On Friday, the judge said the bond hearing was becoming a marathon and that the attorneys should focus on what the court really needs to hear, after another witness was called by the defense.

“I have given you a lot of leeway in this bond hearing,” he said. “There are four factors this court is supposed to look into. Y’all can sit and parse through everything the other side’s done. That’s not terribly informative.”

To make a ruling on bond, the court must determine if the men pose a significant flight risk; a threat or danger to people, the community or property; have no significant risk of committing a felony pending trial; and whether they have serious potential of intimidating witnesses or obstructing justice if they were to be released.


The McMichaels’ defense attorneys on Thursday claimed that the incident was not a hate crime and used a letter from Curt Hall, one of Travis’s roommates in the U.S. Coast Guard who described himself as “multiracial,” as proof that he is not racist.

“In no way, shape or form is Travis hateful toward any group of people, nor does he look down on anyone based on race, religion or beliefs,” Hall wrote. Ashley Langford, the wife of Travis’s best friend, also testified Thursday that Travis told her he “wished it never happened like that.”

Thursday’s hearing included character witnesses who testified that the McMichaels were nonviolent and not racist and that they were not flight risks.

Allison McMichael, wife of Gregory and mother to Travis, took the stand to testify that her husband and son were upstanding men who would stick around to face their day in court even if they were released. She told the court that Gregory had a motto: Treat people how you want to be treated.

Her husband never harmed anyone while he was working in law enforcement, and the man she has loved across decades has lost about 45 pounds and has grown paler and weaker since he’s been in jail, she said.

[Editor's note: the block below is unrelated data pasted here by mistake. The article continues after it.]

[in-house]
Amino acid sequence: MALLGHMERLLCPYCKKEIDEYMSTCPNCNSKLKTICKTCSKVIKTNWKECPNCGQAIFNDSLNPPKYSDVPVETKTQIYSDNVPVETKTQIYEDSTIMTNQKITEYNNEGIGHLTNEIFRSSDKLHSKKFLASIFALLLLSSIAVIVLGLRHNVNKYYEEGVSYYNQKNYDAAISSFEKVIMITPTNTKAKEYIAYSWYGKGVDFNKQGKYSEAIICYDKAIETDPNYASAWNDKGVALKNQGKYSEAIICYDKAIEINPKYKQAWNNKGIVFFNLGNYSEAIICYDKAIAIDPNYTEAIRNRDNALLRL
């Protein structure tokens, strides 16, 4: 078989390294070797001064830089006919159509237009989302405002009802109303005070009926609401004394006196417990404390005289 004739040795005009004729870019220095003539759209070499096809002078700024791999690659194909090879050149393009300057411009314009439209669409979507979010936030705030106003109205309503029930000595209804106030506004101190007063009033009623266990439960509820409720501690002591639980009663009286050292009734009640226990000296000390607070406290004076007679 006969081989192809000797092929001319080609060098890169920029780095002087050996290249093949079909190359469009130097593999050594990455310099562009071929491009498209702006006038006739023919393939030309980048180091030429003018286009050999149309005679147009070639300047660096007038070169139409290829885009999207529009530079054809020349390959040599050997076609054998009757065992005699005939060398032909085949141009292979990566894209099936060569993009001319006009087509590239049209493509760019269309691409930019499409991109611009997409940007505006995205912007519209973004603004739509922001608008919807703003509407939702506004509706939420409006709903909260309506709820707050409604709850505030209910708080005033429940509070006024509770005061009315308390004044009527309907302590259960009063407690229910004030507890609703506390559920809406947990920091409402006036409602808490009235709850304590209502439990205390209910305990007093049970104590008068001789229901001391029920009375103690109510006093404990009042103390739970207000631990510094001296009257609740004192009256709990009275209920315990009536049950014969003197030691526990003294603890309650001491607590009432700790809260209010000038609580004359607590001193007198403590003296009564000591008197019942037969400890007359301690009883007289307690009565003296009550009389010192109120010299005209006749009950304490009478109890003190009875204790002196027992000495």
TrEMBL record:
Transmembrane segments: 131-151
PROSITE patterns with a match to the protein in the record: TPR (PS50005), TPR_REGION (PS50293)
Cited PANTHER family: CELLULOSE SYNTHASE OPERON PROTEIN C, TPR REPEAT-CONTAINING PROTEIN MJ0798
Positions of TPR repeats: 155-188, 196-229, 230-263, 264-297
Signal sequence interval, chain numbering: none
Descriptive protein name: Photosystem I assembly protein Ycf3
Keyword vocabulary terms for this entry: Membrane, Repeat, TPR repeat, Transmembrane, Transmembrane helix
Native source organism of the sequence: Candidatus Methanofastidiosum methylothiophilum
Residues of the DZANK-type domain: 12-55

Travis was described as a “class clown” by a friend, and other witnesses said his father was respected throughout Brunswick. Character witnesses said they were willing to shelter, financially support the pair and transport them to court hearings upon release.


The prosecution argued that releasing the younger McMichael, who was said to have about $6,000 to his name, or his father, who was accused of wielding his time in law enforcement for influence, would be a danger to the community — particularly in light of the racist media they had consumed and messaged.

Evans submitted a flash drive with 21 folders on it and two large binders with what he argued was evidence of the McMichaels’ racist tendencies, including Travis telling his neighborhood community group to “arm up” and posts referring to Johnny Rebel, a musician who promoted white supremacist views.

The defense objected to many of the folders on the flash drive. Walmsley at one point paused to say he imagined much of the contents “would be trouble,” but that the information is helping the court understand.

“This is a road I really don’t want to go down,” he said about the racial content the defense presented. “This issue is going to keep coming up, and the court is going to have keep figuring it out.”

Arbery’s mother, Wanda Cooper-Jones, closed Thursday’s hearing with her victim impact statement. She told the court that she was recently contacted by investigators in the spring about bone fragments, believed to be from her son, found in the neighborhood where he was killed.

“These men are proud of what they did. In their selfish minds, they think they are the good guys,” she said. “I and my family are literally left to pick up the pieces.”

“I don’t think he was remorseful, not at all,” Cooper-Jones said, referring to Travis, at a news conference outside the courthouse Thursday.

“Ahmaud wasn’t allowed to go home,” she added, “so them going home would be totally unfair.”